An air of uncertainty had hung over the T20I series opener between India and Sri Lanka in Guwahati right from the build-up to the match. This was supposed to be India v Zimbabwe in the first place, but with the ICC suspending Zimbabwe, the BCCI summoned its old friend Sri Lanka Cricket to jump in. Zimbabwe's suspension was later lifted, but India v Sri Lanka had been locked in already.
In the days leading up to the game, there had been political turmoil in Guwahati following the parliamentary approval to India's Citizenship Amendment Bill - the final day's play between Assam and Services in the Ranji Trophy was called off in December because of a state-wide curfew.
Some normalcy was restored in the next few weeks, but then it was wet weather's turn to cast doubts over the Guwahati T20I. It had rained by the time most of India's players landed in the city on Friday and the rain returned on the morning of the game. It cleared briefly in the evening to tease a capacity crowd, but rain and a damp pitch eventually forced an abandonment.
The showers lasted less than an hour and the groundstaff steadfastly covered the pitch - and the bowlers' run-ups - but they still allowed water to seep into the 22 yards, something that was described as a "schoolboy error" by Aakash Chopra on Star Sports.
The groundstaff then resorted to various measures, ranging from using super-soppers to steam irons, in order to dry the wet patches near the middle of the pitch, but to no avail. After seeing repeated inspections and braving the wet weather for three hours or thereabouts, a sell-out crowd, that was desperate to catch a rare glimpse of international action, returned home disappointed.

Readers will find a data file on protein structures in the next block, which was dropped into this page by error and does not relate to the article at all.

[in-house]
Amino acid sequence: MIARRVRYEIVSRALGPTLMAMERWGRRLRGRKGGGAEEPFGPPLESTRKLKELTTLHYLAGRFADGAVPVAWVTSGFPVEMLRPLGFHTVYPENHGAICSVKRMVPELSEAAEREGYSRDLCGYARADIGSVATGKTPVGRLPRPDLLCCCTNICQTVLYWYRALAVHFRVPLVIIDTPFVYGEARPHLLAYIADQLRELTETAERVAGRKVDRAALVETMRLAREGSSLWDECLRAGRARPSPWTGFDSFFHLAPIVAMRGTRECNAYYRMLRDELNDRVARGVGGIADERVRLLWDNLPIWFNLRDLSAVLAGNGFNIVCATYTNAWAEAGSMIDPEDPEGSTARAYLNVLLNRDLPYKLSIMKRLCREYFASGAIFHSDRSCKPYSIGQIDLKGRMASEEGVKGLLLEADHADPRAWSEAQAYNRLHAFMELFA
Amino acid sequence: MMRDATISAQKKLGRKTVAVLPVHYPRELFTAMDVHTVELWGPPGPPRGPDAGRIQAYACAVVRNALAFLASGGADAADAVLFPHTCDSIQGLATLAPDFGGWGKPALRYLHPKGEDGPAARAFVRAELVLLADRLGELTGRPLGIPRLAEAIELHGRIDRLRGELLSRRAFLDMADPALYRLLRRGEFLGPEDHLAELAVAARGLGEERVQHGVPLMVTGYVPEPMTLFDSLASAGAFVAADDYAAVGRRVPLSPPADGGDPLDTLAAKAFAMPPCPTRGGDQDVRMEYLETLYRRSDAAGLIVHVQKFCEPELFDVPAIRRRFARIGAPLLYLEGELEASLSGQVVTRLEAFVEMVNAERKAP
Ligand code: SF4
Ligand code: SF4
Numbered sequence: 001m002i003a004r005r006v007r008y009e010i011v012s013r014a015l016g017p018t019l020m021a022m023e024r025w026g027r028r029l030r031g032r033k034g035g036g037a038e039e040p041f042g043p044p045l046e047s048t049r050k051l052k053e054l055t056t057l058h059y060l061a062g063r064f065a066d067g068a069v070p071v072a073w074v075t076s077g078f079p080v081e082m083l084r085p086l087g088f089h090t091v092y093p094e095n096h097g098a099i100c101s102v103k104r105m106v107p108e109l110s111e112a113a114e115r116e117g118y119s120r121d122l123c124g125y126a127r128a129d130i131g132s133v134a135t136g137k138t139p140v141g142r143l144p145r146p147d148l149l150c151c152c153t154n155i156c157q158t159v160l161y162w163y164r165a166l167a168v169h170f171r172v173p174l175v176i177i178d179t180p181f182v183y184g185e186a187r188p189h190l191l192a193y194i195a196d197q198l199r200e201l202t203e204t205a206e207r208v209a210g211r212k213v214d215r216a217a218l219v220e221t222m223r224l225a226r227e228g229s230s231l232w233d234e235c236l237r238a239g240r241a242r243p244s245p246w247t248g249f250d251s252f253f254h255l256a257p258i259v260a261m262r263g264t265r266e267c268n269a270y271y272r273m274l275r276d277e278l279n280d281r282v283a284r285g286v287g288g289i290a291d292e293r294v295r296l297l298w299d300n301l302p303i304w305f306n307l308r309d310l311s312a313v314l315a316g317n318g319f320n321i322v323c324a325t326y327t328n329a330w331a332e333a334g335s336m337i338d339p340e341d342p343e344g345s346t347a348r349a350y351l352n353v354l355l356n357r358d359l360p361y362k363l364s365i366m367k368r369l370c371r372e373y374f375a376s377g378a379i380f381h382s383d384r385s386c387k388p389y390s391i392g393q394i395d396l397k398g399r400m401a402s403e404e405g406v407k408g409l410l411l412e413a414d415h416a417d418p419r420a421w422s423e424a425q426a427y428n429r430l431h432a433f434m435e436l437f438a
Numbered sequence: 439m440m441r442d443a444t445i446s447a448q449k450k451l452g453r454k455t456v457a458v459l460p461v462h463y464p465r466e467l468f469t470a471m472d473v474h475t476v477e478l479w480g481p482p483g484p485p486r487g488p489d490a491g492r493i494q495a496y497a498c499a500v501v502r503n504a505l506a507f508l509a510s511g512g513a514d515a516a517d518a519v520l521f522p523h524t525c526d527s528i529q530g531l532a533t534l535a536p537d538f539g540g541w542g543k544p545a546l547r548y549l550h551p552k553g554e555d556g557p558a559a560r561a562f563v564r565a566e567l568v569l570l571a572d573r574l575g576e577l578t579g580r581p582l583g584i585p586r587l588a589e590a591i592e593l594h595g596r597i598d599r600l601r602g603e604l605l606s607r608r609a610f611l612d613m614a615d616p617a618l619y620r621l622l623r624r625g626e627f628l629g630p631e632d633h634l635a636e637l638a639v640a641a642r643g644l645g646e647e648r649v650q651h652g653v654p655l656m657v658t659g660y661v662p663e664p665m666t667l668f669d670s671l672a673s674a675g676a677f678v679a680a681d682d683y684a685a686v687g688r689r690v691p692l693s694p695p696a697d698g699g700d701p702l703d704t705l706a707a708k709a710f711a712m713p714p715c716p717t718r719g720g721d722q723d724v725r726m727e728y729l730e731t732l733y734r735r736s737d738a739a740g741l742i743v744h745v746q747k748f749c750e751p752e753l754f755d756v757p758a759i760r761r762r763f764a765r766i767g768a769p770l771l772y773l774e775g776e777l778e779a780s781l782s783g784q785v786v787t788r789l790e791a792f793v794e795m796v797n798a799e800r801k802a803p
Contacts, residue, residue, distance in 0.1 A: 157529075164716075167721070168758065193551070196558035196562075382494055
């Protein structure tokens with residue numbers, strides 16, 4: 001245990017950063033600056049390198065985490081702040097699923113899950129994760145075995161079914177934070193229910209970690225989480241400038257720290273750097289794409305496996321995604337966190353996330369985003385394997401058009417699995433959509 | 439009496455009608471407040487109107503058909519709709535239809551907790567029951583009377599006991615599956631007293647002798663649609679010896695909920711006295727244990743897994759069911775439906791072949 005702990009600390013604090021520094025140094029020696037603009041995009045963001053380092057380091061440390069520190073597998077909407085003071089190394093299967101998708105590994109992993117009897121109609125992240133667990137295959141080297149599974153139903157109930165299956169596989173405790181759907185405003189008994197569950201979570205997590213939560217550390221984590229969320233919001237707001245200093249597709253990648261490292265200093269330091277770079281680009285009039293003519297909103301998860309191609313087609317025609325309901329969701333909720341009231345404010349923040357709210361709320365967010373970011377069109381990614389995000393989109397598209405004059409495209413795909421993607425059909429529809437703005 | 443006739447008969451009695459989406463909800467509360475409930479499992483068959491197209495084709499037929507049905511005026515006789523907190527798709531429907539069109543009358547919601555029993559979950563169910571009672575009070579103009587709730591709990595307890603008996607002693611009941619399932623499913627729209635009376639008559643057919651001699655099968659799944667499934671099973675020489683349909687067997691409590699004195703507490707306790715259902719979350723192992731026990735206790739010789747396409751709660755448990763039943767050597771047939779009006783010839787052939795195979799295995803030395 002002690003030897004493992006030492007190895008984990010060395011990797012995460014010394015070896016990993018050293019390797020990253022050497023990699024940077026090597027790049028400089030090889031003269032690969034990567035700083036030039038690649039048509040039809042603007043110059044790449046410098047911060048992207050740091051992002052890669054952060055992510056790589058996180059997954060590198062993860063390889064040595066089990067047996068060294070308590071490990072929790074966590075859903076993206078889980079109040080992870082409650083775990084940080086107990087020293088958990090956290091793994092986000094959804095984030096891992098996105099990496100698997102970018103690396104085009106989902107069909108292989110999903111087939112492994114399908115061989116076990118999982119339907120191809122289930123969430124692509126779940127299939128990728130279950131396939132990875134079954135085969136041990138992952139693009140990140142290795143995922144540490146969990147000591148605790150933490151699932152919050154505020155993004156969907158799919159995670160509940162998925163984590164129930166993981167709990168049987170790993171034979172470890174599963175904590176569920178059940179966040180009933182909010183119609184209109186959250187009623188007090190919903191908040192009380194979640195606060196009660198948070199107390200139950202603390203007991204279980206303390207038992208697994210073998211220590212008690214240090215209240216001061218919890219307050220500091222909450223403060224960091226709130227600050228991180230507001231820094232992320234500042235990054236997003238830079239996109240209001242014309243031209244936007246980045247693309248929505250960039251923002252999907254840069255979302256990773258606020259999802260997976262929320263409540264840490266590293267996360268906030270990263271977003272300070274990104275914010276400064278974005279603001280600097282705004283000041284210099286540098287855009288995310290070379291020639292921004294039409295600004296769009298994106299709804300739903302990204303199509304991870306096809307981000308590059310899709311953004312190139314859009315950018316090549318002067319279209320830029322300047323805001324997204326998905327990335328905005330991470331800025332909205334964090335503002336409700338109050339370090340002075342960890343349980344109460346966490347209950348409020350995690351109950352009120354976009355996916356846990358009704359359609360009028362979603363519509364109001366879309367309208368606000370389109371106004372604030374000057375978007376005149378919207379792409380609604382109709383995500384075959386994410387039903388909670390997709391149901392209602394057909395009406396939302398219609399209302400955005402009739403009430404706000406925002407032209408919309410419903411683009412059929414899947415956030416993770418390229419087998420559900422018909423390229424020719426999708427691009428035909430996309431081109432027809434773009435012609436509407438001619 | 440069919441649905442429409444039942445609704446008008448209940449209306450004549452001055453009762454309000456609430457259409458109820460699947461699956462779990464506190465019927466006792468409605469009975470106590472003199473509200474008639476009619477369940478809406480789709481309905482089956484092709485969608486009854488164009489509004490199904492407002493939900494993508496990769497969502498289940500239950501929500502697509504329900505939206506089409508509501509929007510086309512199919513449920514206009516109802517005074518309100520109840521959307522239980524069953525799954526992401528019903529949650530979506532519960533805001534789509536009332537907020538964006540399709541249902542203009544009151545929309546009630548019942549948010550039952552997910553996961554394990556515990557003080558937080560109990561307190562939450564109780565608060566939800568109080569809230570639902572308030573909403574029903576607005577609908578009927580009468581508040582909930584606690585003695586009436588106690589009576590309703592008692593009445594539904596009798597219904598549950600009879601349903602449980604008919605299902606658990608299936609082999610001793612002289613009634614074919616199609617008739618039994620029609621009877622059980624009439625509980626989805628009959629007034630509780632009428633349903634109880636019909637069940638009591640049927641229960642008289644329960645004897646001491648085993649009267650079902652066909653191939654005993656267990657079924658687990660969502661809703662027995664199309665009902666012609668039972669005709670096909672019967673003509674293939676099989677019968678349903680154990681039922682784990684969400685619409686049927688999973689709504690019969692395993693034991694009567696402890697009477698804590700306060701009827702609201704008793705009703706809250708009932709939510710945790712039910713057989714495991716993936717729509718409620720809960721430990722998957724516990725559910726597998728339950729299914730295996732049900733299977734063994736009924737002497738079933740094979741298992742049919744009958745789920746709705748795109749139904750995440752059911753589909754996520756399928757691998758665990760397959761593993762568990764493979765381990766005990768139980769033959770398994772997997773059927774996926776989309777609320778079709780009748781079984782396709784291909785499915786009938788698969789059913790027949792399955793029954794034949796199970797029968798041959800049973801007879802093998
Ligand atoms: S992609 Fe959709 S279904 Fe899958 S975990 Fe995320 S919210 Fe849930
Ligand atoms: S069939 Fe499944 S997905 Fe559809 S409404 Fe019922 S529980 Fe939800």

This was shaping up to be a big day for the Barsapara stadium. Giant posters of Virat Kohli and Lasith Malinga were splashed all around Guwahati and all tickets were reportedly sold out. Before Sunday, this venue had hosted just two internationals - the latest being an ODI against West Indies in October 2018.
The first T20I against Sri Lanka was set to be Barsapara stadium's dress rehearsal for IPL 2020 too. The venue was in the fray to be Rajasthan Royals' second home in the competition, and some of the Royals' officials were apparently in attendance on Sunday, but the abandonment might have thrown a spanner in the Assam Cricket Association's works.
They had beefed up security following political unrest in the approach to the game, but political slogans and chants could still be heard from the stands.
As for the groundstaff, it was a rather tragicomic evening. The super-sopper operator lost control and wound up splashing water on the LED ad boards and then on a member of the groundstaff. The loudest cheers on the evening was reserved for this blooper - and not for Kohli for a change. The groundstaff then brought in hairdryers and vacuum dryers to get a sodden pitch into a surface fit for a game of cricket. However, it was not to be and it was called off shortly before 10pm.
It wasn't all gloom and doom for the Guwahati crowd, though. On a rainy day with very little hope of cricket, the stands were full until the match officials made the final announcement. By the time the DJ played Tip tip barsa paani, the drizzle became a full-blown downpour, but the crowd lapped it up and grooved to the tune. Harbhajan Singh, who is working on this series as a TV commentator, couldn't resist the buzz and showed off his bhangra skills near the edge of the boundary.
At 8.40pm, the entire crowd sang Ma tujhe salam, flashing the torchlights on their mobile phones. An inspection then was scheduled for 9pm, but it got delayed to 9.30pm. The cut-off time for a five-over shoot-out was 9.46pm, and the crowd now swapped song and dance for nervous excitement.
Kohli and Rishabh Pant, with his pads on, headed out to inspect the pitch, with fireworks going off in the background. But they weren't pleased with the conditions, the same as the umpires. It had stopped raining by 8.20pm, but some "negligence" on the part of the groundstaff, as Chopra put it, meant a much-anticipated game ended in a damp squib.
The exodus soon began, and it resulted in a traffic jam, with vehicles madly honking at each other and the cops struggling to manage them. The build-up to this game was chaotic and the end wasn't any different either.
Deivarayan Muthu is a sub-editor at ESPNcricinfo